So while it’s not unusual for an upstart such as Butler, George Mason or VCU to crack the Final Four, the cream usually rises to the top in the last game of the season.
Then again, it’s not so easy to tell who the little guys are anymore.
Take Gonzaga, the Jesuit school from Washington state that used to be known as a plucky upstart. Not now. The Zags are a full-fledged powerhouse, rising to the top of The Associated Press rankings and landing a No. 1 seed, both of which were firsts in school history.
Or Butler, which took overachieving to new levels when it reached the final game in both 2010 and 2011. In the first round, at least, the Bulldogs are the team trying to fend off another school that wants to make its mark, 11th-seeded Bucknell. As if signaling just how far the private school in Indianapolis has come, Butler officially joined the new Big East along with Xavier and Creighton, aligning with traditional East Coast stalwarts such as Georgetown and Villanova.
“Bucknell has all of the pieces and all of the experiences and all of the accomplishments that go along with the teams that go deep into the NCAA Tournament out of a non-BCS league, a lot like the Butler teams of the past,” Stevens said. “But they’re still, maybe in the national media’s eyes or the national attention’s eyes, not getting their due respect.”
The selection committee has recognized the changing order within college basketball, choosing 11 at-large schools from outside the big six conferences for the second year in a row, including teams such as Boise State and Middle Tennessee that appeared doomed after losing in their league tournaments.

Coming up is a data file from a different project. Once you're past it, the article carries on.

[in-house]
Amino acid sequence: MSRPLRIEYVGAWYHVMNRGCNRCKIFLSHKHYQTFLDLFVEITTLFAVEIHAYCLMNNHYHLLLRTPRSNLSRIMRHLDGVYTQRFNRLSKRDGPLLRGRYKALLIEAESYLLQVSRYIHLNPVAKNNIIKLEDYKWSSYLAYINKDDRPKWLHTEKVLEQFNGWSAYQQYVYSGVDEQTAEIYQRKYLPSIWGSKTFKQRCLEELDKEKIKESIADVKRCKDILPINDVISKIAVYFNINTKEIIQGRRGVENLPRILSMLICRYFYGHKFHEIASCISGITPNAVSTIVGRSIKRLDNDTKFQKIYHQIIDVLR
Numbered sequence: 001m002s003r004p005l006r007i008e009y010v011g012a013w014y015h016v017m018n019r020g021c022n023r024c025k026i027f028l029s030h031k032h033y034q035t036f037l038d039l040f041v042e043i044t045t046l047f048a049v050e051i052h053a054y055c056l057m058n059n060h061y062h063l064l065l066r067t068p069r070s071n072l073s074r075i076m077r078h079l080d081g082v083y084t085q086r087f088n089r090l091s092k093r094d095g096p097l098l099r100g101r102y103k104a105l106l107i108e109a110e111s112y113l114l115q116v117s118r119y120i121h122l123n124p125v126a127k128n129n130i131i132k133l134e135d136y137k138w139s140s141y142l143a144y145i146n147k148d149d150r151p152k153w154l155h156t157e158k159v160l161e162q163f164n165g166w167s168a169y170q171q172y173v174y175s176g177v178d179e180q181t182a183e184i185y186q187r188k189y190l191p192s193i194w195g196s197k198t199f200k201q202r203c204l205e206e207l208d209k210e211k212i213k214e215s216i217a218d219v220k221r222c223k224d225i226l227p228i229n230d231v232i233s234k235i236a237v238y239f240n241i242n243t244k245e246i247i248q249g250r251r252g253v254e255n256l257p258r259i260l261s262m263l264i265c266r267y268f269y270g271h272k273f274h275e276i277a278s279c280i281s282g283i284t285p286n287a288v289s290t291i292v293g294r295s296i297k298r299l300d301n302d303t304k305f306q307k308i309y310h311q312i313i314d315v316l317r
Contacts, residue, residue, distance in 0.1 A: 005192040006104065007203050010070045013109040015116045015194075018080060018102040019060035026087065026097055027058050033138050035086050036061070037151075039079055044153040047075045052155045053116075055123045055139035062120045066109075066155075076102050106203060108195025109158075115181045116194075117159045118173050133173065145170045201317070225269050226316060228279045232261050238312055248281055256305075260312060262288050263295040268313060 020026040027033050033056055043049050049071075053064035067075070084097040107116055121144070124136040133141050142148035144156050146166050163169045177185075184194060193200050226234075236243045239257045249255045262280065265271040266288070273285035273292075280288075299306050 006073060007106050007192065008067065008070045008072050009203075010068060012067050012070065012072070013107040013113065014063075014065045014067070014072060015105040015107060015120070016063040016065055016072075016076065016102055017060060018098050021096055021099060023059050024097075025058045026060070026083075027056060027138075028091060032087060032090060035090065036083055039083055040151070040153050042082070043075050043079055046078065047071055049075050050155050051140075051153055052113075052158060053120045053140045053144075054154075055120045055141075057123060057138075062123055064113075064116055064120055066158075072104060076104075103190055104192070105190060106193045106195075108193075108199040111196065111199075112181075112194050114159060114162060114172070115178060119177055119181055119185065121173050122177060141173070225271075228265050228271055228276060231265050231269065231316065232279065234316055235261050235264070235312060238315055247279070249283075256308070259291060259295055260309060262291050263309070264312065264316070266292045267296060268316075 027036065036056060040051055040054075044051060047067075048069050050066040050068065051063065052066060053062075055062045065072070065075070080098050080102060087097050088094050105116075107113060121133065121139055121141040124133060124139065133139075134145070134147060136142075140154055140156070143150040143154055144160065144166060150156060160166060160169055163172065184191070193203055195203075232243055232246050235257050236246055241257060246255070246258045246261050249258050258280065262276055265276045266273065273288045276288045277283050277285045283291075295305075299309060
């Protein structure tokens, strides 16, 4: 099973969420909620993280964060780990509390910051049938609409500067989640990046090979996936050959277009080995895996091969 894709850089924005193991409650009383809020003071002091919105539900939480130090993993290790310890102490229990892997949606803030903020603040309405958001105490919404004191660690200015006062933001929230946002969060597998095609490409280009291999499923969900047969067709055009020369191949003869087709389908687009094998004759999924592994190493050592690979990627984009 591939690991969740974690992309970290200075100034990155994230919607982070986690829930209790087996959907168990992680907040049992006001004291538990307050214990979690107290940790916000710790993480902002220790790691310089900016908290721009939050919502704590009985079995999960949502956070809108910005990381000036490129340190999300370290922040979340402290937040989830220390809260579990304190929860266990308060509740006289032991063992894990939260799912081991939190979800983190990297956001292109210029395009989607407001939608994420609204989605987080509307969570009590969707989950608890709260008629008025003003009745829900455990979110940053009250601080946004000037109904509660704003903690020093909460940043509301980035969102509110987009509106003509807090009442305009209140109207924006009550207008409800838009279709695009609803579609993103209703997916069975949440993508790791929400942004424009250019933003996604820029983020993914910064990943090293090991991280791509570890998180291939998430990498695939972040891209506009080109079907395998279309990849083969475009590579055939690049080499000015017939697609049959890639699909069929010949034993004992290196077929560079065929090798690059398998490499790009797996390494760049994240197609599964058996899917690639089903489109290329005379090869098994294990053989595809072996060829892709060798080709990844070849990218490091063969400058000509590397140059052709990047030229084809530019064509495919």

The Atlantic 10, for instance, landed five teams in the field, while the Southeastern Conference got only three. Gonzaga beat out Miami for a No. 1 seed, even though the Hurricanes won both the regular season and the tournament in the hoops-crazy Atlantic Coast Conference — the first team ever to pull off that double and have to settle for a No. 2 seed.
“The seeds,” Pitino said, “mean absolutely nothing.”
It will be interesting to see how the games are officiated during the tournament, considering the rising concern over the drop in scoring.
According to STATS, teams averaged just 67.5 points per game this season, the lowest since 1951-52. Shooting dipped to 43.3 percent, the worst since the mid-1960s, while accuracy beyond the 3-point stripe (34.1 percent) approached historic lows. For many critics, the game has simply become too rough-and-tumble, with defenders getting away with far too much grabbing and hooking and holding.
For proof, look no further than the number of fouls being called — or, should we say, not called. Teams were whistled just 17.7 times per game on average, the fewest calls since those numbers were first recorded in 1947-48.
Oklahoma State coach Travis Ford isn’t sure what to expect in the tournament.
“Usually it’s called tighter earlier,” he said. “But that’s something we don’t spend a whole lot of time thinking about, other than we’ve got to adjust. (Those are) things you can’t control. We obviously have no idea who is refereeing our game until right before.”
That’s only appropriate in a tournament where nothing seems certain.
AP sportswriters Nancy Armour in Lexington, Ky.; and Josh Dubow and Antonio Gonzalez in San Jose, Calif., contributed to this report.